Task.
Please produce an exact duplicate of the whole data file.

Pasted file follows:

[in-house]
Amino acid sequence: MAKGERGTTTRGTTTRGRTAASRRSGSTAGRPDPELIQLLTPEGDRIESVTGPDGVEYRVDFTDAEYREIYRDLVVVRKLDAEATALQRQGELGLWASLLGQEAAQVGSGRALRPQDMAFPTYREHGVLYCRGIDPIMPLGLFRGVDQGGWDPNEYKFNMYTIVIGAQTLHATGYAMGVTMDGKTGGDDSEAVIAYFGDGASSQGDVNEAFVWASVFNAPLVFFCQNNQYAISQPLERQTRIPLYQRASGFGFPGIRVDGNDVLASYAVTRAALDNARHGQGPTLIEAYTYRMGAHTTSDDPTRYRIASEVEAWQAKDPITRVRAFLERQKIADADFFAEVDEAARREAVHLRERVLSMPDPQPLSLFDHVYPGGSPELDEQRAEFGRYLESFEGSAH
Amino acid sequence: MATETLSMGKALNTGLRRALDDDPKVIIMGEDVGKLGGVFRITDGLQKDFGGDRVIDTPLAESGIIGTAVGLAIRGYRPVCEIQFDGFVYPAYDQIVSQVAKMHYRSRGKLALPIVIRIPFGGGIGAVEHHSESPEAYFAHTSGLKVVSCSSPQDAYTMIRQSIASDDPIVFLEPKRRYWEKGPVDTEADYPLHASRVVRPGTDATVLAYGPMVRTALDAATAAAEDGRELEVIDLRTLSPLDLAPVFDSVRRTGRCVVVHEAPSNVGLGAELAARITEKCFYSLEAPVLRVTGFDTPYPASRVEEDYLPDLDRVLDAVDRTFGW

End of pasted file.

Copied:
[in-house]
Amino acid sequence: MAKGERGTTTRGTTTRGRTAASRRSGSTAGRPDPELIQLLTPEGDRIESVTGPDGVEYRVDFTDAEYREIYRDLVVVRKLDAEATALQRQGELGLWASLLGQEAAQVGSGRALRPQDMAFPTYREHGVLYCRGIDPIMPLGLFRGVDQGGWDPNEYKFNMYTIVIGAQTLHATGYAMGVTMDGKTGGDDSEAVIAYFGDGASSQGDVNEAFVWASVFNAPLVFFCQNNQYAISQPLERQTRIPLYQRASGFGFPGIRVDGNDVLASYAVTRAALDNARHGQGPTLIEAYTYRMGAHTTSDDPTRYRIASEVEAWQAKDPITRVRAFLERQKIADADFFAEVDEAARREAVHLRERVLSMPDPQPLSLFDHVYPGGSPELDEQRAEFGRYLESFEGSAH
Amino acid sequence: MATETLSMGKALNTGLRRALDDDPKVIIMGEDVGKLGGVFRITDGLQKDFGGDRVIDTPLAESGIIGTAVGLAIRGYRPVCEIQFDGFVYPAYDQIVSQVAKMHYRSRGKLALPIVIRIPFGGGIGAVEHHSESPEAYFAHTSGLKVVSCSSPQDAYTMIRQSIASDDPIVFLEPKRRYWEKGPVDTEADYPLHASRVVRPGTDATVLAYGPMVRTALDAATAAAEDGRELEVIDLRTLSPLDLAPVFDSVRRTGRCVVVHEAPSNVGLGAELAARITEKCFYSLEAPVLRVTGFDTPYPASRVEEDYLPDLDRVLDAVDRTFGW